Decades of centralization have rendered Cairo not only the epicenter of many track-altering events in the country and the region, but a desirable haven for many aspiring youth as well.
Along with the influx of opportunity seekers, the city grew remarkably diverse and multifaceted, but also more complex — a wave of unplanned and unguided complexity that gave rise to new forms of disparity.
Despite the differences which permeate the city, the revolution in 2011 witnessed a flood of diverse masses across the country take over many public spaces side-by-side to reshape their country’s political future. Only six years later, the once-united masses are again divided by the ever growing walls of Cairo, devised by the many faces of authority, fragmenting whatever fabric is left of society.
Although the aftermath of the revolution was tainted in growing economic challenges, the real estate market maintained steady growth unlike many other markets which have fluctuated greatly. The growing need for real estate development is fathomable given the high number of annual marriages — which amounts to 969,399 across Egypt, and 155,199 in Cairo alone (CAPMAS, 2015)— but what raises both questions and eyebrows is the inexplicable boom of gated communities, a trend that takes root in the mid-90s and has seen unparalleled growth in the past decade.
Lining the main roads and highways of Cairo, endless billboards display images of what seems to be a dream life rather than a residential space, a promise that is echoed over and over again across print, TV, radio and the internet. Fed up with the over-crowded, noisy and polluted neighbourhoods of the populous capital city, the turn of the millennium saw a rising interest in many of the gated communities growing along the outskirts of the city, a trend that remains particularly popular among the affluent and middle classes.
Instead of solely selling housing units in quiet, aesthetic gated communities, the real estate developers soon started selling safety which they claim lies solely within guarded walls and away from the hotspots of any political tension. With memories of unrest from the revolution and the years to follow still in wet paint, personal security soon became the prime priority of the market.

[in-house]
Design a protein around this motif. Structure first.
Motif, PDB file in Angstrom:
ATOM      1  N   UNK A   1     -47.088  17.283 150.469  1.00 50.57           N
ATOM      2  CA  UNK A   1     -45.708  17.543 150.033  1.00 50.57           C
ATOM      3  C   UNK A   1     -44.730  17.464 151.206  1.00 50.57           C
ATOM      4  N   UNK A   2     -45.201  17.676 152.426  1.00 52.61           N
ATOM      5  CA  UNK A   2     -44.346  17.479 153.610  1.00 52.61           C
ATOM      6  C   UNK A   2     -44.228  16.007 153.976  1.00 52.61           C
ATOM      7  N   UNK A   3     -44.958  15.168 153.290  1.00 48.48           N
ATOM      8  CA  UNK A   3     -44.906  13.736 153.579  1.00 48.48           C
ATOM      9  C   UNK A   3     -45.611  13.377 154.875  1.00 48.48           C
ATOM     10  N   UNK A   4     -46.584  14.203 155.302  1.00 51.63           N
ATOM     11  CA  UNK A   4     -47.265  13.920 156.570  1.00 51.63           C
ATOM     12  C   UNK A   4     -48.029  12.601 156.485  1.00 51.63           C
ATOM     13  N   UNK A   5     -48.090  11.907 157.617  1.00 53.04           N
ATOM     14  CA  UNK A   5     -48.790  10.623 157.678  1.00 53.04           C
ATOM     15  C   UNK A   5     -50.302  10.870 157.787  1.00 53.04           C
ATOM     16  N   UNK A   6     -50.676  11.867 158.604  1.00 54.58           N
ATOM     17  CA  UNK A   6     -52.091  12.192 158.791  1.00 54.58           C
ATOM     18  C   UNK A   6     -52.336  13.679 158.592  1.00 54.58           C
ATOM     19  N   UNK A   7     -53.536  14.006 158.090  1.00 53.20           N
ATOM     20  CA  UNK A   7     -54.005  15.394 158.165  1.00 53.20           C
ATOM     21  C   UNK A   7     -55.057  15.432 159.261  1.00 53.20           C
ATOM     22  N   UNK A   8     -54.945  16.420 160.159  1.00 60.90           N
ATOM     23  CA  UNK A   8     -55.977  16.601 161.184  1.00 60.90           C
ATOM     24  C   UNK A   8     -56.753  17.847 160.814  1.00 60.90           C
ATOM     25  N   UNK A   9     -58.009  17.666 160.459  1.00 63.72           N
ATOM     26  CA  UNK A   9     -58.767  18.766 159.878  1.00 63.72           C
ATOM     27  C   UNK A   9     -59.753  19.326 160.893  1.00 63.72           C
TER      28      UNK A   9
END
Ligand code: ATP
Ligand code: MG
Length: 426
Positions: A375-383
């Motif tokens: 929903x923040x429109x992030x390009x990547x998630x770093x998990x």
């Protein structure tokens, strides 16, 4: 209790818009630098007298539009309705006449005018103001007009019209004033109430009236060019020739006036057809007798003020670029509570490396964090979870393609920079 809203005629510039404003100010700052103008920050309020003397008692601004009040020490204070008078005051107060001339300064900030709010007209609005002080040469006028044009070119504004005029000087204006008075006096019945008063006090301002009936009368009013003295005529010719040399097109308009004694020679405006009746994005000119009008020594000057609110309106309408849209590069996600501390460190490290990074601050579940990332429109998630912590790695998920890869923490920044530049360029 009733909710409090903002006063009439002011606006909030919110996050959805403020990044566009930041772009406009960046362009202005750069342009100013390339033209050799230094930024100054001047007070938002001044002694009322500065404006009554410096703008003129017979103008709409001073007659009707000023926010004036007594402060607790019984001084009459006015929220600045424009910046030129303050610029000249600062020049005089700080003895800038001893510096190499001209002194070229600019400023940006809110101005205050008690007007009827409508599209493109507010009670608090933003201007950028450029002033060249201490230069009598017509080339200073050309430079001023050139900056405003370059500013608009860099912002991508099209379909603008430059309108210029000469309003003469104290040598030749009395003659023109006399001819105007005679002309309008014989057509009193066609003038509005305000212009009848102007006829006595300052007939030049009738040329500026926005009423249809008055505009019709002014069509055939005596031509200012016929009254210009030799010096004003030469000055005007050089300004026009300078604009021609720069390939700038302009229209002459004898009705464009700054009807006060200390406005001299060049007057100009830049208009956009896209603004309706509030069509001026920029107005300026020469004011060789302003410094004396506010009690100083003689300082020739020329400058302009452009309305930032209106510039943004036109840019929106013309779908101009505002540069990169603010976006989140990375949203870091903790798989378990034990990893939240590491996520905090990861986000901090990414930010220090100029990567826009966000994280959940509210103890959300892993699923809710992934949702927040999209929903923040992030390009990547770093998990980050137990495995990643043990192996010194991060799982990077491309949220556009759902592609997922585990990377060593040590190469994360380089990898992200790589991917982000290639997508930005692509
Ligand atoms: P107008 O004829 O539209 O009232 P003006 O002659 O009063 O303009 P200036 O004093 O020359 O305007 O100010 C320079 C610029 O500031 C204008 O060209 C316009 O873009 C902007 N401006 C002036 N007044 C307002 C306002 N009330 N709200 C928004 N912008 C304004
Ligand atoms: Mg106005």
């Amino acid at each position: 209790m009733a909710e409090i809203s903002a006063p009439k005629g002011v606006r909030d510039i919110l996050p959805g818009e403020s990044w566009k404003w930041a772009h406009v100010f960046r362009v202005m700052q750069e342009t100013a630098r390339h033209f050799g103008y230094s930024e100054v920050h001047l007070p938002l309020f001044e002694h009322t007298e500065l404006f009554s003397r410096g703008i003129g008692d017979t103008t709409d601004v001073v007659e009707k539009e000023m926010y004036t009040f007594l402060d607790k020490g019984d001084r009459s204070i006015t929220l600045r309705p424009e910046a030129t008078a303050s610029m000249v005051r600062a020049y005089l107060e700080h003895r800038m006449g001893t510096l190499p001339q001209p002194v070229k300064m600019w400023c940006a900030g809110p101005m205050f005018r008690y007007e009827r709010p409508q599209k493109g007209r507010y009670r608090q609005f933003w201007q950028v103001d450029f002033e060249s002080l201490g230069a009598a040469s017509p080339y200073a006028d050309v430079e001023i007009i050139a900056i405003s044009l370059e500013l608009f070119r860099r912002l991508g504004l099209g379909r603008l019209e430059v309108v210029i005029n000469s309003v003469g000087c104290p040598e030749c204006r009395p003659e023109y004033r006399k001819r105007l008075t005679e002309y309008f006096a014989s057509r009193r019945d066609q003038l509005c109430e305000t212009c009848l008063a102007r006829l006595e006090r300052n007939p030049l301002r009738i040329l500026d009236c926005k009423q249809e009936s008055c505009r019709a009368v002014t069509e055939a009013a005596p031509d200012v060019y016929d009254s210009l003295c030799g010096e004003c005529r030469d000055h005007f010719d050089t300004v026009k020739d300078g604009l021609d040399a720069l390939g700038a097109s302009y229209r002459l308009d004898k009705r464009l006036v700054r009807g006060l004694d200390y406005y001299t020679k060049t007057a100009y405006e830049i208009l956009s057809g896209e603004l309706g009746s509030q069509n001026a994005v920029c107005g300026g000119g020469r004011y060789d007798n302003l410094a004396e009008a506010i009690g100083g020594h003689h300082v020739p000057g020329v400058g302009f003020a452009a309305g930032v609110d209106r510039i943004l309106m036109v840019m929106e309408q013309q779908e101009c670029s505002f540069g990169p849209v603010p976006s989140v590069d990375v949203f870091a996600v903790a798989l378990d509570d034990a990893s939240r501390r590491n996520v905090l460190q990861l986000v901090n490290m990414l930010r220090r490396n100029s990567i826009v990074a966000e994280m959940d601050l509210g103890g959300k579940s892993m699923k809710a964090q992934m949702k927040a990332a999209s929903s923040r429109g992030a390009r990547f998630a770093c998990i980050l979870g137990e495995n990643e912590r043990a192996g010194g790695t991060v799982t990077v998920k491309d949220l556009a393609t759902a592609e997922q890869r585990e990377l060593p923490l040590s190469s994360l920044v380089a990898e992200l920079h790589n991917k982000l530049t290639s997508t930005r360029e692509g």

Such growing sentiments towards the dreamlike gated communities were easily further entrenched by the constant display of media content warning against the growing insecurity on the streets and the many dangers to take precautions against.
Primarily driven by sales targets, the tonality and direction of such advertisements influenced far more than the market share. The promotion of private gated communities soon took a toll on the social cohesion of the Cairene community — a point real estate developers did not stop at.
Already sold at very high prices that only a minority of the society could afford, some gated communities went as far as including the potential owners’ fashion and lifestyles to the aesthetic elements of the community. While many stories narrating this degrading trend spread across social media and through word of mouth, TV advertisements showed no interest to hide the increasingly candid classism upon which some of the gated communities are built.
FROM PHYSICAL TO MENTAL: THE PSYCHOLOGICAL EFFECT OF WALLS
At face value, walls are physical structures that define borders and limit access. However, upon closer inspection, a wall is a manifestation of much more than meets the eye. Similar to an iceberg, wherever a physical wall is erected, a corresponding wall grows mentally, reshaping how people perceive their society and redefining the boundaries they draw around themselves.
“Like marginalities, fears define borders,” writes Eric Denis in his 2006 research on Cairo’s gated communities entitled “From Walled City to Gated Communities”. “These [new urban] policies separate and establish a hierarchy well beyond that which a simple functionalist perspective would require.”